Is that something we — users and vendors — really want to risk? It’s time to look at the bigger picture.

Monday 19 August 2013

A Place for Everything

Why do people get in such a muddle with references to places? A common question on genealogical forums is what to record when the modern name of a place differs from its historical name. Similarly when the enclosing region, such as a county, has been changed since the recording of the document in-hand. Do you alter it to the modern designation, or what? Which is correct?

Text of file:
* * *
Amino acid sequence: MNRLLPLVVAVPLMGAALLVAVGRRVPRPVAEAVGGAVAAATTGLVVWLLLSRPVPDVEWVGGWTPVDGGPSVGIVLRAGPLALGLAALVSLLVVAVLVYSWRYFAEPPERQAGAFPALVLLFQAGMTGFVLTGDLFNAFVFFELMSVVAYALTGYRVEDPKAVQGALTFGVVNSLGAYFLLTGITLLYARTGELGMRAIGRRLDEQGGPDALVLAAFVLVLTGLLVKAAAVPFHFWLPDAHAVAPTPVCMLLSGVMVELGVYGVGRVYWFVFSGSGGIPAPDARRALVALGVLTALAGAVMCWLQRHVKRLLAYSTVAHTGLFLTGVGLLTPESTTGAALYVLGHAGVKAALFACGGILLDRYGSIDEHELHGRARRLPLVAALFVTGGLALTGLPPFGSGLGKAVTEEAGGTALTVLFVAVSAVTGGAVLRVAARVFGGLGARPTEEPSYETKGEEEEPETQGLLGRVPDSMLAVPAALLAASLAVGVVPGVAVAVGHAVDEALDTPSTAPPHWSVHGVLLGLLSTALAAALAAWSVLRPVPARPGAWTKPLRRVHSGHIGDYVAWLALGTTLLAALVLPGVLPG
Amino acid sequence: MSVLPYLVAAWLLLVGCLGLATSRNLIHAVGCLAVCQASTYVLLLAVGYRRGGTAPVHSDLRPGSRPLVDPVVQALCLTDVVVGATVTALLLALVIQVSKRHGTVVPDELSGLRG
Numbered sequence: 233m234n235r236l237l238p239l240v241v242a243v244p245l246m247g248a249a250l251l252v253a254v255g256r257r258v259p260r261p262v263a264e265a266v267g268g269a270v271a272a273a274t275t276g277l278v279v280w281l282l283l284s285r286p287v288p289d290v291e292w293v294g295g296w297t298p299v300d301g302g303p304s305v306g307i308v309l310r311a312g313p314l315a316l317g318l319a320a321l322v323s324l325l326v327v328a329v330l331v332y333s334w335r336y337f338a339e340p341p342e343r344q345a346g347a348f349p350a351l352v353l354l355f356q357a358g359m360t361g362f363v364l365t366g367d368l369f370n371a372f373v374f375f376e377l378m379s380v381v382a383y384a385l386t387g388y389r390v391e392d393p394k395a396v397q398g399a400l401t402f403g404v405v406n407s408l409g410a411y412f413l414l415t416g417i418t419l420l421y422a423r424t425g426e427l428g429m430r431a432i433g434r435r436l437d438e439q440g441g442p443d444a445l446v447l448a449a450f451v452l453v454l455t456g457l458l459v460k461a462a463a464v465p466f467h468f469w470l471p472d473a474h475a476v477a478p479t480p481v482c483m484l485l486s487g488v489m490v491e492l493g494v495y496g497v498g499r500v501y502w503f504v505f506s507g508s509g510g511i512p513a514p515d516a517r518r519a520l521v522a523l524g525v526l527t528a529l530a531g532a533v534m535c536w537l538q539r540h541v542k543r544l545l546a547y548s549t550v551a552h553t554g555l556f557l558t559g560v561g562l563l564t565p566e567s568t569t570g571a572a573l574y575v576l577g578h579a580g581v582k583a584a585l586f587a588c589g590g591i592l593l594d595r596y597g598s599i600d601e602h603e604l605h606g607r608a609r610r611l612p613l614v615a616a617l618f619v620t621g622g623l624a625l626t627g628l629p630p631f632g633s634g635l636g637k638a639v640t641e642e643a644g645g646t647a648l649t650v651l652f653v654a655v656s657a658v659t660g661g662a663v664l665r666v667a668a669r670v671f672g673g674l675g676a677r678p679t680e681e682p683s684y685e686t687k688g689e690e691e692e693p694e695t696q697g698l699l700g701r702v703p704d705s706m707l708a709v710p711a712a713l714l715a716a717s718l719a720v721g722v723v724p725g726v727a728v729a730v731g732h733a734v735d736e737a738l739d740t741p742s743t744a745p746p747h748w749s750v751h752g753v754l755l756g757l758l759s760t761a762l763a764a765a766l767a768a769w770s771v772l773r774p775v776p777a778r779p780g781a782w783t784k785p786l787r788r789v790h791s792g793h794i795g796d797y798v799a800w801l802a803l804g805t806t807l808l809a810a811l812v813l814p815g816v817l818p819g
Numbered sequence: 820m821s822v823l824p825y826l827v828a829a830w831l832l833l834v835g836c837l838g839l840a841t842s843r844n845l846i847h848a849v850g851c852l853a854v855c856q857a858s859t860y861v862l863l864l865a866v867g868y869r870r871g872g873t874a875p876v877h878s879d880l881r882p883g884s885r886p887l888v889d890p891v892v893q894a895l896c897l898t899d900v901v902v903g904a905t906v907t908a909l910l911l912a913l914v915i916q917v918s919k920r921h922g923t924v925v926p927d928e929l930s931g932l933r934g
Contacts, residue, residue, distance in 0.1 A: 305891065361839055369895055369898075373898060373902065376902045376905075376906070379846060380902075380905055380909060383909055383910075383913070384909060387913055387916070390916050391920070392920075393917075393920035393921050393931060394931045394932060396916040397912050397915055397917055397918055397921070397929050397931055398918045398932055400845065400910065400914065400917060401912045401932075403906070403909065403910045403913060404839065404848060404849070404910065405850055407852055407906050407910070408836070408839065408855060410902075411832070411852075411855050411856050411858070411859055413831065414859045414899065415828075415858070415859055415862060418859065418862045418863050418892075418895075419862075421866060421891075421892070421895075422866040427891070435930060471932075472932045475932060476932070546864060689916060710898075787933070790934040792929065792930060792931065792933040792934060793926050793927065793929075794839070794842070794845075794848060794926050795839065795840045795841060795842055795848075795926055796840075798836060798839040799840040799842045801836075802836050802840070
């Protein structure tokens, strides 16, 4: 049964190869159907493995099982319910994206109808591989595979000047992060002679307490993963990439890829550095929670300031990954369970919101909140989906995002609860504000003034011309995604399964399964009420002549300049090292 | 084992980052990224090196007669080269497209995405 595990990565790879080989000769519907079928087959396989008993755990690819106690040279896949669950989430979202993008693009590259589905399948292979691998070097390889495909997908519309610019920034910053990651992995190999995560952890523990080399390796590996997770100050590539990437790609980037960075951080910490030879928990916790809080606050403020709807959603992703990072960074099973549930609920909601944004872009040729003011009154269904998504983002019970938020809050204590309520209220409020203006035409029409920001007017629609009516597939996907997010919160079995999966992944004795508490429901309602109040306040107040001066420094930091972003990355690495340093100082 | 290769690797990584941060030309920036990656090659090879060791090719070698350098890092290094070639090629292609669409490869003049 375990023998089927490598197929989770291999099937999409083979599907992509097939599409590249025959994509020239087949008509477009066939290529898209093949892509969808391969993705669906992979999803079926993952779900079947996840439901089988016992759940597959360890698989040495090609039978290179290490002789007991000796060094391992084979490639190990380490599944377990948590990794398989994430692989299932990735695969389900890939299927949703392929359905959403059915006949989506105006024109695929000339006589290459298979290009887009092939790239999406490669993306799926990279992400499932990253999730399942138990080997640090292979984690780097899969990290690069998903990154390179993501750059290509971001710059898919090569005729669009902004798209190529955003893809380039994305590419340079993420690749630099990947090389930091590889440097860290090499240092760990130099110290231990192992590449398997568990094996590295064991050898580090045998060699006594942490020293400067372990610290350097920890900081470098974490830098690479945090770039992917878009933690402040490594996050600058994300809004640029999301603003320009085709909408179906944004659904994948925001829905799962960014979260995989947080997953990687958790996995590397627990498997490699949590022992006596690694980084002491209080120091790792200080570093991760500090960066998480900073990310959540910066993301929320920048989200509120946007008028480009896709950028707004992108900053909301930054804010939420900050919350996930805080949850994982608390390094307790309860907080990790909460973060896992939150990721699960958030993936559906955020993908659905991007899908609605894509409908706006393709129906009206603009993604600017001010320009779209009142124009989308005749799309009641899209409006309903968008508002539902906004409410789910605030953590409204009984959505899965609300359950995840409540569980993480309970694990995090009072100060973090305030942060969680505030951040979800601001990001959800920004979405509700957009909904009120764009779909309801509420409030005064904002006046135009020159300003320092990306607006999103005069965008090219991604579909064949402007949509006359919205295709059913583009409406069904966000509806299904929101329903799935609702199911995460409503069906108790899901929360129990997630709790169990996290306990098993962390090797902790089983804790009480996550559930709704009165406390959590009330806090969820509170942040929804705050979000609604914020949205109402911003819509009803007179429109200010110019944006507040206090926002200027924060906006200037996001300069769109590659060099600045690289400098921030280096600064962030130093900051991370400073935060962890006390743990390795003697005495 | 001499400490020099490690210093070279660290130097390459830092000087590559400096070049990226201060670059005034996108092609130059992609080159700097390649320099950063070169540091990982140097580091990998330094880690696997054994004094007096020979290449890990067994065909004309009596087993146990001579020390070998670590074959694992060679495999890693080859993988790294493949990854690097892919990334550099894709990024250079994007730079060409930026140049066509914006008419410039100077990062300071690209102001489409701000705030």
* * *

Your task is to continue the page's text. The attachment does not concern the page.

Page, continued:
Well, the obvious answer is that both are correct within their respective timeframes. At the root of this difficulty is the prevailing notion that a place, as represented in your data, is simply the place-name[1]. Just for a moment, let us examine what would happen if you were recording a reference to a person rather than a place. In the details of a marriage, you would not simply write the name of the bride and the groom – you would link the marriage details to the respective person-entities in your data. Those person-entities would contain all the known names used by those people, and the events in their lives, and maybe even biographical notes, documents such as certificates for vital events, photographs, and parentage. If the source had a dubious version of their name, or an obvious spelling error, then it would not be a problem – you would record what was in the source, usually with some explanatory annotation, and still link it to the corresponding person-entity.